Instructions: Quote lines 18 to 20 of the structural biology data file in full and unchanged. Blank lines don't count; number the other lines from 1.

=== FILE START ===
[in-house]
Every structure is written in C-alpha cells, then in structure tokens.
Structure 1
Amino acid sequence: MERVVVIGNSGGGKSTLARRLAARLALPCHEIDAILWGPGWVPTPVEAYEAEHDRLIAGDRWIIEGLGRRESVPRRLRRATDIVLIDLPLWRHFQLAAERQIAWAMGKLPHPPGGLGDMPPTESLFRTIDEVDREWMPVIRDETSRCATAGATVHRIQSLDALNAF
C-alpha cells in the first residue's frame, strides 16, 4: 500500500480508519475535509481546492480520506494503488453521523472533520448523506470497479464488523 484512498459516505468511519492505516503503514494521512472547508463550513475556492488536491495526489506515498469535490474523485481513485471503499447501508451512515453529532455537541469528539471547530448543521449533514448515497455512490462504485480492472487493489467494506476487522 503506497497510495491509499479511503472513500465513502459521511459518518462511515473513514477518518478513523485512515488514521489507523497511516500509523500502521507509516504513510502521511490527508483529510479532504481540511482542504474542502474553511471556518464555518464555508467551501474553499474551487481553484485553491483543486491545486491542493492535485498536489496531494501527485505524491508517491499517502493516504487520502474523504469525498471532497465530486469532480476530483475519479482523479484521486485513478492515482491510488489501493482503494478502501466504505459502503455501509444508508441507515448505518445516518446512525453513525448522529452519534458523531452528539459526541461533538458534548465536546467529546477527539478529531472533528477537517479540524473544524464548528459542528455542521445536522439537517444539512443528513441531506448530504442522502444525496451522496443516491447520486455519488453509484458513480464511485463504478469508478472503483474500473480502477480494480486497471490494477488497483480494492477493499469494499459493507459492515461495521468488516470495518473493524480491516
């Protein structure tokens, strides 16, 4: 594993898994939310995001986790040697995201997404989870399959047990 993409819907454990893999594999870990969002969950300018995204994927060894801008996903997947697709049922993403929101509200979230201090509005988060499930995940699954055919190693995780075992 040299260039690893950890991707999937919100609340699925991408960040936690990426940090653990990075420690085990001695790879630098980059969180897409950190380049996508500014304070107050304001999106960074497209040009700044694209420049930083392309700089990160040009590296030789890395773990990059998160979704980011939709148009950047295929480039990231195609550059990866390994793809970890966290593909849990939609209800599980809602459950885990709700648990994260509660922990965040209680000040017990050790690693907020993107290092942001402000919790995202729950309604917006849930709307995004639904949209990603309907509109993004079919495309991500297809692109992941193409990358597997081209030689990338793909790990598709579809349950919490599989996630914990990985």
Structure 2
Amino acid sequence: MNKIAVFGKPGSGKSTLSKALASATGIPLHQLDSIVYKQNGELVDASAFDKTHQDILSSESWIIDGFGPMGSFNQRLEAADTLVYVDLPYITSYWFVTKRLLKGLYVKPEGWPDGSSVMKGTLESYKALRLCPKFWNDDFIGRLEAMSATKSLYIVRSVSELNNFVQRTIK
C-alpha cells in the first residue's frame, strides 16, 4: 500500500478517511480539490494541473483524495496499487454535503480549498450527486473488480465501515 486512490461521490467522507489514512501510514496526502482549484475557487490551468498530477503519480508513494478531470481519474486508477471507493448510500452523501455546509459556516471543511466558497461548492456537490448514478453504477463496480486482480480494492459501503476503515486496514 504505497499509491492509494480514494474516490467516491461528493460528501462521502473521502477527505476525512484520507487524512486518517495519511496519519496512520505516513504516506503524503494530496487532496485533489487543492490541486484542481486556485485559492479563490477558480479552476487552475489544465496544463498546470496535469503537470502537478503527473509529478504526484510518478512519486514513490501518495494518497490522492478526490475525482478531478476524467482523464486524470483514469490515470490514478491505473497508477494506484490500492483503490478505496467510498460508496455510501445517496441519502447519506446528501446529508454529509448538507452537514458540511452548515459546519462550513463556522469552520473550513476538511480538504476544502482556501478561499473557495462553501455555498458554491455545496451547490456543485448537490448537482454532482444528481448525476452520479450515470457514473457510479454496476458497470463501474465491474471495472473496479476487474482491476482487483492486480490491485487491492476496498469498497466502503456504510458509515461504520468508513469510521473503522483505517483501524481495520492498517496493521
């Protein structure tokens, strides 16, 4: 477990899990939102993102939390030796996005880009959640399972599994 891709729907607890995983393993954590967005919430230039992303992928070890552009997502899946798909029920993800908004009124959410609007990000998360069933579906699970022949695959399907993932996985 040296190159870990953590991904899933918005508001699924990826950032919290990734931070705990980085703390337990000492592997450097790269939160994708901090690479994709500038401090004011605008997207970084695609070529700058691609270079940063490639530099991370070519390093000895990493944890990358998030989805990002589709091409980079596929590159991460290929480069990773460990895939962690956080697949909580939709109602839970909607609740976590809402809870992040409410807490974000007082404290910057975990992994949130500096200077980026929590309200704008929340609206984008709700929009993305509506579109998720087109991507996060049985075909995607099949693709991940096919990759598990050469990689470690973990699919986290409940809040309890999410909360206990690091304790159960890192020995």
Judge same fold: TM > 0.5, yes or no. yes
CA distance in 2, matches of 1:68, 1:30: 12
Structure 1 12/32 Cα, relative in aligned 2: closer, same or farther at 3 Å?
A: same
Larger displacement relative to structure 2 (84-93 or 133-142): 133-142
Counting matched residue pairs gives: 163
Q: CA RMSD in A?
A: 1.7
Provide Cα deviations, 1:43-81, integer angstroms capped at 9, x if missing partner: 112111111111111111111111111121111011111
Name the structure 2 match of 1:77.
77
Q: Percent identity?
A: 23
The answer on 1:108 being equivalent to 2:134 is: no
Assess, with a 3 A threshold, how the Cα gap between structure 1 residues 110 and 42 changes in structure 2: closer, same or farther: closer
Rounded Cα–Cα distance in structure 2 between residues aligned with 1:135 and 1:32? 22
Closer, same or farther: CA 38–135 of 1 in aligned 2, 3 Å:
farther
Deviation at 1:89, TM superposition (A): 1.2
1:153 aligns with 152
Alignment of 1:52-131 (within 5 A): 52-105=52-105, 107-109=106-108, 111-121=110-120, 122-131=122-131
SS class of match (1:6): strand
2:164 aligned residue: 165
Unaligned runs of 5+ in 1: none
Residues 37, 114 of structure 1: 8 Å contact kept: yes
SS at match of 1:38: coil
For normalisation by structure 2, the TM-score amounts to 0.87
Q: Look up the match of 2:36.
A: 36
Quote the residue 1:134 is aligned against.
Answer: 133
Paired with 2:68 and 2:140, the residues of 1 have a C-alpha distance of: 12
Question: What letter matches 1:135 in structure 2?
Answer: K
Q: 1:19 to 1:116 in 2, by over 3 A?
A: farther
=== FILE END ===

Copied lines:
A: 1.7
Provide Cα deviations, 1:43-81, integer angstroms capped at 9, x if missing partner: 112111111111111111111111111121111011111
Name the structure 2 match of 1:77.